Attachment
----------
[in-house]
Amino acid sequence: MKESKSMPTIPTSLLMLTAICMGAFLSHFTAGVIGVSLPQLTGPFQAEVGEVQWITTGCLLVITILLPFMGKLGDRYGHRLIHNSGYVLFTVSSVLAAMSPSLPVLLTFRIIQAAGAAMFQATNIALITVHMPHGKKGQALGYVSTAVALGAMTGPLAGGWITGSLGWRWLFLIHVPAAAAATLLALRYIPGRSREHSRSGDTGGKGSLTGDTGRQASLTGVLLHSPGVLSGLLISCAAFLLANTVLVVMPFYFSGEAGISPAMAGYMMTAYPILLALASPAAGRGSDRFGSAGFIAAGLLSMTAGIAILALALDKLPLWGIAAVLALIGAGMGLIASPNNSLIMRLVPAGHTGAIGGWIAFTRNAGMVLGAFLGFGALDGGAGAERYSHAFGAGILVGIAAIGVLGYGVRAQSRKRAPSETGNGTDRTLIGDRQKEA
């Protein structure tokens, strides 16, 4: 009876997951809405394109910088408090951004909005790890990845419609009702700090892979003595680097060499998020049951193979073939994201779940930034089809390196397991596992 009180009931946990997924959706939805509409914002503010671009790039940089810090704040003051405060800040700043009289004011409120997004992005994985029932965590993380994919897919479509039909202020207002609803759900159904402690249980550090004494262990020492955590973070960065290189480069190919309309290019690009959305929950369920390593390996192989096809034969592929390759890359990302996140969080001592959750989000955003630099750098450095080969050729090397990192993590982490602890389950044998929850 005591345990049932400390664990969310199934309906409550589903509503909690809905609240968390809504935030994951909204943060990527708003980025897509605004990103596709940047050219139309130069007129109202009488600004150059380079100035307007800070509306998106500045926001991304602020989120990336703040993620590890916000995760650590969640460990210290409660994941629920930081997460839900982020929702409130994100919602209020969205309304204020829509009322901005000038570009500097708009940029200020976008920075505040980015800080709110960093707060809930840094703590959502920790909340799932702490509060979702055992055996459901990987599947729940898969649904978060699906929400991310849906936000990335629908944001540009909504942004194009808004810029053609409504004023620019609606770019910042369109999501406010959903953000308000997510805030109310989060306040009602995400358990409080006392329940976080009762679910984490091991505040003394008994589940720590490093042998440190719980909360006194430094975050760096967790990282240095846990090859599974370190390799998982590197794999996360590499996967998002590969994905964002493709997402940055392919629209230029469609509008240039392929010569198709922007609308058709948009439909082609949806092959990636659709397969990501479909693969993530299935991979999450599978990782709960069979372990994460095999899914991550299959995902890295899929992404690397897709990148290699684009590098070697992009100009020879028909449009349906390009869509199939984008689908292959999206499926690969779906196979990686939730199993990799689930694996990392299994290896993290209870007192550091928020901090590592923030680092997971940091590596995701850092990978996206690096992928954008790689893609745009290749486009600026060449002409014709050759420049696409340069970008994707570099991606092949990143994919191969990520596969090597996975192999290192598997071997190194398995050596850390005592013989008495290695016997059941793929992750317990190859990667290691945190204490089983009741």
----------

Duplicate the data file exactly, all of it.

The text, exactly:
[in-house]
Amino acid sequence: MKESKSMPTIPTSLLMLTAICMGAFLSHFTAGVIGVSLPQLTGPFQAEVGEVQWITTGCLLVITILLPFMGKLGDRYGHRLIHNSGYVLFTVSSVLAAMSPSLPVLLTFRIIQAAGAAMFQATNIALITVHMPHGKKGQALGYVSTAVALGAMTGPLAGGWITGSLGWRWLFLIHVPAAAAATLLALRYIPGRSREHSRSGDTGGKGSLTGDTGRQASLTGVLLHSPGVLSGLLISCAAFLLANTVLVVMPFYFSGEAGISPAMAGYMMTAYPILLALASPAAGRGSDRFGSAGFIAAGLLSMTAGIAILALALDKLPLWGIAAVLALIGAGMGLIASPNNSLIMRLVPAGHTGAIGGWIAFTRNAGMVLGAFLGFGALDGGAGAERYSHAFGAGILVGIAAIGVLGYGVRAQSRKRAPSETGNGTDRTLIGDRQKEA
């Protein structure tokens, strides 16, 4: 009876997951809405394109910088408090951004909005790890990845419609009702700090892979003595680097060499998020049951193979073939994201779940930034089809390196397991596992 009180009931946990997924959706939805509409914002503010671009790039940089810090704040003051405060800040700043009289004011409120997004992005994985029932965590993380994919897919479509039909202020207002609803759900159904402690249980550090004494262990020492955590973070960065290189480069190919309309290019690009959305929950369920390593390996192989096809034969592929390759890359990302996140969080001592959750989000955003630099750098450095080969050729090397990192993590982490602890389950044998929850 005591345990049932400390664990969310199934309906409550589903509503909690809905609240968390809504935030994951909204943060990527708003980025897509605004990103596709940047050219139309130069007129109202009488600004150059380079100035307007800070509306998106500045926001991304602020989120990336703040993620590890916000995760650590969640460990210290409660994941629920930081997460839900982020929702409130994100919602209020969205309304204020829509009322901005000038570009500097708009940029200020976008920075505040980015800080709110960093707060809930840094703590959502920790909340799932702490509060979702055992055996459901990987599947729940898969649904978060699906929400991310849906936000990335629908944001540009909504942004194009808004810029053609409504004023620019609606770019910042369109999501406010959903953000308000997510805030109310989060306040009602995400358990409080006392329940976080009762679910984490091991505040003394008994589940720590490093042998440190719980909360006194430094975050760096967790990282240095846990090859599974370190390799998982590197794999996360590499996967998002590969994905964002493709997402940055392919629209230029469609509008240039392929010569198709922007609308058709948009439909082609949806092959990636659709397969990501479909693969993530299935991979999450599978990782709960069979372990994460095999899914991550299959995902890295899929992404690397897709990148290699684009590098070697992009100009020879028909449009349906390009869509199939984008689908292959999206499926690969779906196979990686939730199993990799689930694996990392299994290896993290209870007192550091928020901090590592923030680092997971940091590596995701850092990978996206690096992928954008790689893609745009290749486009600026060449002409014709050759420049696409340069970008994707570099991606092949990143994919191969990520596969090597996975192999290192598997071997190194398995050596850390005592013989008495290695016997059941793929992750317990190859990667290691945190204490089983009741």